Another thing that separates The Obed Project from a conventional tourism agency is its focus on service. All trips are developed around a service project such as dance camps and soccer camps that allow for the tourists to help Israelis in need while developing a deep connection with the country and its people.

 “We want our groups to interact with the people who actually live there so that they can more easily discern the truth about Israel and their relationship with Israel,” Corwin said. “Our members leave something of themselves in the land.”

While the struggle to keep prices low and maintain a sustainable living for herself and her family is ongoing, Corwin would never choose another path for herself. 

“This has become an addiction for me."  "I cannot imagine not sharing Israel with others," she said.

Not only is the experience necessary for Corwin, she believes it is necessary for the tourists themselves. 

“I think that owning our Hebrew roots is essential for every believing person,” she said. “How can you possibly understand the tree you have been grafted into without understanding the roots that feed you?”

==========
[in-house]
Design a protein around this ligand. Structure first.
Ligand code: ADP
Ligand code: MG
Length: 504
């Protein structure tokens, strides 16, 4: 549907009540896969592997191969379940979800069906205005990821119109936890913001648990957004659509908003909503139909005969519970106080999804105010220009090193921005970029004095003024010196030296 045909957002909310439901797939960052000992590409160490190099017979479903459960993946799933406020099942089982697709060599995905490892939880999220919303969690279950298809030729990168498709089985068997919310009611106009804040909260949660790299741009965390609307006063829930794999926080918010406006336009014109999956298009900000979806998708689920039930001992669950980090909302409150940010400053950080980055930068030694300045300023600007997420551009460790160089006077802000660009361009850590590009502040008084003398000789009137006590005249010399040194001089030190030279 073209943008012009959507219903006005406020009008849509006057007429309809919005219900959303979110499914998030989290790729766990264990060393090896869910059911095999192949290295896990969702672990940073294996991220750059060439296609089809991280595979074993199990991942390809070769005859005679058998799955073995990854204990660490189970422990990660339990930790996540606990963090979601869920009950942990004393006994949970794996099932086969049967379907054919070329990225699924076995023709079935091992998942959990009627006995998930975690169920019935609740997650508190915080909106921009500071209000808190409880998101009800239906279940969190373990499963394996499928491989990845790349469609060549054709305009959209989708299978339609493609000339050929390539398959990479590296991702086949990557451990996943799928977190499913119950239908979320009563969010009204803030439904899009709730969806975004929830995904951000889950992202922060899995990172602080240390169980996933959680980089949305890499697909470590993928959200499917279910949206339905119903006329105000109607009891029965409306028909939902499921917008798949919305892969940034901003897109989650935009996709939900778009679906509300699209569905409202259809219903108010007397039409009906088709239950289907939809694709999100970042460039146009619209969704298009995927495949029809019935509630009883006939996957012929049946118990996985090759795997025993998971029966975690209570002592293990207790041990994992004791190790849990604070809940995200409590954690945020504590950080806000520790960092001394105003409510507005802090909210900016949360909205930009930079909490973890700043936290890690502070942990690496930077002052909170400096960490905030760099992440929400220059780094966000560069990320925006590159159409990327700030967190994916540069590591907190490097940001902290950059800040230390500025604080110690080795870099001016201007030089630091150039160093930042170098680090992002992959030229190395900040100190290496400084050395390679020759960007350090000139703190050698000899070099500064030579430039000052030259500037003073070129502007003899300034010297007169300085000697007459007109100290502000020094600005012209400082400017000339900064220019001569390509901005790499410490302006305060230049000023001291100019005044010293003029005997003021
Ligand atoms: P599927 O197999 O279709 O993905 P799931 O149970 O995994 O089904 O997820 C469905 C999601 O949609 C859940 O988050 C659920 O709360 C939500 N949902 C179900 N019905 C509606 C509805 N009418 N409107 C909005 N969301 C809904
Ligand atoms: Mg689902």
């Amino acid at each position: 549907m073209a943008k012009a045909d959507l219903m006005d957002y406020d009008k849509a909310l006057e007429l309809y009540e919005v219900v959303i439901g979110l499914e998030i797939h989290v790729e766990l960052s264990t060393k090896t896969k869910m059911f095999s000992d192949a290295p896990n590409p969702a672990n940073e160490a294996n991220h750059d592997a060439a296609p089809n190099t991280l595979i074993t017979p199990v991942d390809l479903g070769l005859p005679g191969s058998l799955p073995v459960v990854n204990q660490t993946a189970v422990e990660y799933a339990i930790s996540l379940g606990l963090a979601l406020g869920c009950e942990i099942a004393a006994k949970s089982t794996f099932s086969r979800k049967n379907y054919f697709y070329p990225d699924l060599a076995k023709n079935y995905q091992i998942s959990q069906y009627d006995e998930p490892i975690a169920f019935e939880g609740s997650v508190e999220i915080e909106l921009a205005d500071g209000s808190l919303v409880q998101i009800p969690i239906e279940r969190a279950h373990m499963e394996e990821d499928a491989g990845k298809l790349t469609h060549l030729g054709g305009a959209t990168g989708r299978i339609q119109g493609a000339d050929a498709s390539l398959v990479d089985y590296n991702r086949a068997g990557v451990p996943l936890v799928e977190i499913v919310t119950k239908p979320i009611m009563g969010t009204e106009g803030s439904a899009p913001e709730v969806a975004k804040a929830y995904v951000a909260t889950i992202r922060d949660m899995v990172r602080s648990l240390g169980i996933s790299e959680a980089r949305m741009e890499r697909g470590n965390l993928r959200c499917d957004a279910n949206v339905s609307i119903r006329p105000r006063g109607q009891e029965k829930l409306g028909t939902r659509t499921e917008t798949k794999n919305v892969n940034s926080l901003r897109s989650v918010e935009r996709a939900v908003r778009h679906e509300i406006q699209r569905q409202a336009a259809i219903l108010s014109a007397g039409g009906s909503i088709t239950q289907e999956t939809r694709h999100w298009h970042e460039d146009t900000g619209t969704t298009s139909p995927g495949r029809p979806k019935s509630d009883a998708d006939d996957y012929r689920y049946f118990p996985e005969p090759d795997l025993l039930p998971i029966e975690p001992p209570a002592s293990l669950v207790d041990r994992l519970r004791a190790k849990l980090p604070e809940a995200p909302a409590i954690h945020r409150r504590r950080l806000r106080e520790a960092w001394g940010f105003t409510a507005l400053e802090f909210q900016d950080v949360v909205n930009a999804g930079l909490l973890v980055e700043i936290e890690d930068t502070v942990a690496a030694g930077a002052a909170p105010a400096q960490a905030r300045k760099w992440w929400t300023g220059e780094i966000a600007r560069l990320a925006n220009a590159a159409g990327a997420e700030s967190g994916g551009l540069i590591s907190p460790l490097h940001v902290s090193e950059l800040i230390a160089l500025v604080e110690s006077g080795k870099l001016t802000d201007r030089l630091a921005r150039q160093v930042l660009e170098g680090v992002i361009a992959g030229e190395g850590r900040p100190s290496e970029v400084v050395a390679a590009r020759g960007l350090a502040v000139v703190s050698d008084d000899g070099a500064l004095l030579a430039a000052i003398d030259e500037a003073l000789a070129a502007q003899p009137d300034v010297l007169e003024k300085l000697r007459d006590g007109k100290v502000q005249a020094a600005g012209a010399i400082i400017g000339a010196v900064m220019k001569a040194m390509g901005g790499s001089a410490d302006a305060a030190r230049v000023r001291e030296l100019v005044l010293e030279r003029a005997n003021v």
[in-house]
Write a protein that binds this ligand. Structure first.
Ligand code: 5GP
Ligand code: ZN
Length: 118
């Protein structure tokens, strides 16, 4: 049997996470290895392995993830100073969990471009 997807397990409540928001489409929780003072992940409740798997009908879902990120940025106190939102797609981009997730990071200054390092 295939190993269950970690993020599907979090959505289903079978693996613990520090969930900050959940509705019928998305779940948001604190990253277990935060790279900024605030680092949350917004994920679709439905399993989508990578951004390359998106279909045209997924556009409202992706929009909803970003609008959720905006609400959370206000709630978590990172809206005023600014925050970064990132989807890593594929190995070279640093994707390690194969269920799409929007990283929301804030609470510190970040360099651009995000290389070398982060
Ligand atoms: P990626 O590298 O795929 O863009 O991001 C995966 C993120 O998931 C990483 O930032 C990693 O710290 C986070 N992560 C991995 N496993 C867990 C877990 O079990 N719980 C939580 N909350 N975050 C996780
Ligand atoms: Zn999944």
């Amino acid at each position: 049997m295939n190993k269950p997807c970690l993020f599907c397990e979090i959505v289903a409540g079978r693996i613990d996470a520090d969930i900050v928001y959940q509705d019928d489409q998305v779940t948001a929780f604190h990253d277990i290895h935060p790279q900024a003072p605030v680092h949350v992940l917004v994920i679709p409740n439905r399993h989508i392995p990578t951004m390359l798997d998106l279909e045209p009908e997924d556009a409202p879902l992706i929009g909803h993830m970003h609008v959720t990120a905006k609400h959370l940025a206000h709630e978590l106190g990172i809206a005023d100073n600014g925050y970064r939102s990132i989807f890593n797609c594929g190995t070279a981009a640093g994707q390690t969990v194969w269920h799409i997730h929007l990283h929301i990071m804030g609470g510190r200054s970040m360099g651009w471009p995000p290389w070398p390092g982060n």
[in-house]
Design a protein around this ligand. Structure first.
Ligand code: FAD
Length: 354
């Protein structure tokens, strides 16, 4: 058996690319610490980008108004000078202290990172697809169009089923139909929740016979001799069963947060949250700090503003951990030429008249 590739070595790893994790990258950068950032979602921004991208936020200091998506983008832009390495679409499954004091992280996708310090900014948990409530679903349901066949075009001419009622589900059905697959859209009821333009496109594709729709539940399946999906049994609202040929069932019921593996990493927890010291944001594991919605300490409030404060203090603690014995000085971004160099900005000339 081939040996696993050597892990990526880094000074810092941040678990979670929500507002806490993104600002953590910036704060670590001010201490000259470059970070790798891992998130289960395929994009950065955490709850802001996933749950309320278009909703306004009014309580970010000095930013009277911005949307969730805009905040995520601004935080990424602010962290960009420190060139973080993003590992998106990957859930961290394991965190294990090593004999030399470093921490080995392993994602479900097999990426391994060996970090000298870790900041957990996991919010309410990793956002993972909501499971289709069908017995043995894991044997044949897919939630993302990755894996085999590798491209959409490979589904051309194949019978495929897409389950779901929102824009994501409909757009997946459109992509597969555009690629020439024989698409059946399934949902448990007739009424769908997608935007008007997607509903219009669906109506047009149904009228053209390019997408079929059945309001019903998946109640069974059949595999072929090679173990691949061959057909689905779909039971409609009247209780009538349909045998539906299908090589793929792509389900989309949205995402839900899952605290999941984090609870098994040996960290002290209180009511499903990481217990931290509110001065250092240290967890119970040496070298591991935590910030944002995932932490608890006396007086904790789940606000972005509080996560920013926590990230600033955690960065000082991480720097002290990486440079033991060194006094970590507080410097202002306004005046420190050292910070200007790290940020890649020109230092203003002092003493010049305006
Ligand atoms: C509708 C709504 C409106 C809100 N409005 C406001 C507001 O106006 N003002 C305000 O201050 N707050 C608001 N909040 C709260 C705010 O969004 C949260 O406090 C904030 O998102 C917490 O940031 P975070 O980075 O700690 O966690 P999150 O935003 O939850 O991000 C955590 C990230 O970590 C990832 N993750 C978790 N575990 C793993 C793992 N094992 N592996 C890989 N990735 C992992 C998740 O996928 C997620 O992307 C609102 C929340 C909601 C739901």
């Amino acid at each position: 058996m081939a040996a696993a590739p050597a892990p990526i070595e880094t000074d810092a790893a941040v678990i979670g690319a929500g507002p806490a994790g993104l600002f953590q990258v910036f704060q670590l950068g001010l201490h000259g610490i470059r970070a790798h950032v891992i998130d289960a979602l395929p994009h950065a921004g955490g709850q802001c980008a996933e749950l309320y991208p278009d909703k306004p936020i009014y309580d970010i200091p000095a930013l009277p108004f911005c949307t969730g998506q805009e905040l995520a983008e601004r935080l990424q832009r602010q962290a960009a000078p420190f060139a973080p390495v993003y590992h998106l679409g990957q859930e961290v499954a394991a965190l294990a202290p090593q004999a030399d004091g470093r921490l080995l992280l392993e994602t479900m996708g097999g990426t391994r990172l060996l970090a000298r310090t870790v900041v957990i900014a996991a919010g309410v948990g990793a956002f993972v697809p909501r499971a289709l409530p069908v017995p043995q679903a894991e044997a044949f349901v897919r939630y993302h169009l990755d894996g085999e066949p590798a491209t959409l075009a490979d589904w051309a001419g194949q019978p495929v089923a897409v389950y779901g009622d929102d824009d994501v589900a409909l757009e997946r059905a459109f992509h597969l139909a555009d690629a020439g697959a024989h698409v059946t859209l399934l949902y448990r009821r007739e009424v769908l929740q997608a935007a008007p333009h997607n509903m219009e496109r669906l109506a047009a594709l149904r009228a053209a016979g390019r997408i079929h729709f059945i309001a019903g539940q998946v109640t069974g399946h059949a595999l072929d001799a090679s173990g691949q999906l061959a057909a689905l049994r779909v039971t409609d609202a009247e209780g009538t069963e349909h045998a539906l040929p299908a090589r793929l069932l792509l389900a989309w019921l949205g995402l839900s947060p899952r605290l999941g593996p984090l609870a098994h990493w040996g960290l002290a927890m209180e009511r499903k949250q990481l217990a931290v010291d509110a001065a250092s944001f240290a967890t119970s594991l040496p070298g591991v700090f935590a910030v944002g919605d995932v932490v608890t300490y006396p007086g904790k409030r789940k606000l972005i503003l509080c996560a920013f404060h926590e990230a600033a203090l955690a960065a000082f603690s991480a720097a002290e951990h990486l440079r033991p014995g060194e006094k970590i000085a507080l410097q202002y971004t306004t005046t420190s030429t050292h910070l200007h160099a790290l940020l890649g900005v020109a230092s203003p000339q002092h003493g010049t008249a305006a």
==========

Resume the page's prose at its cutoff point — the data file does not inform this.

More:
Christianity & Israel 

Christians echo the strong feelings felt by Corwin throughout the world, however some place less importance on making this pilgrimage to Israel. While Pastor Claude Ezagouri, leader of a congregation in Tiberias, considers the land he lives in the chosen land of the Christian God, he doesn’t believe that visiting is an important goal for every Christian.

“The Bible calls [Israel] holy … but it is God who makes it holy, and there is nothing in it which is holy in itself,” he said. “However if visiting these sites helps you to get a fuller view of God's word and his expectation for us then it can be a blessing.”

While the Israeli Ministry of Tourism reports that the majority of religious tourists, at 54 percent, are Christians, about 3-5 percent of tourists are Muslim.

Muslims & The Pilgrimage to Israel

According to the Israel Ministry of Tourism the Dome of the Rock is a shrine for Islam's third most holy site. (via: Israel Ministry of Tourism)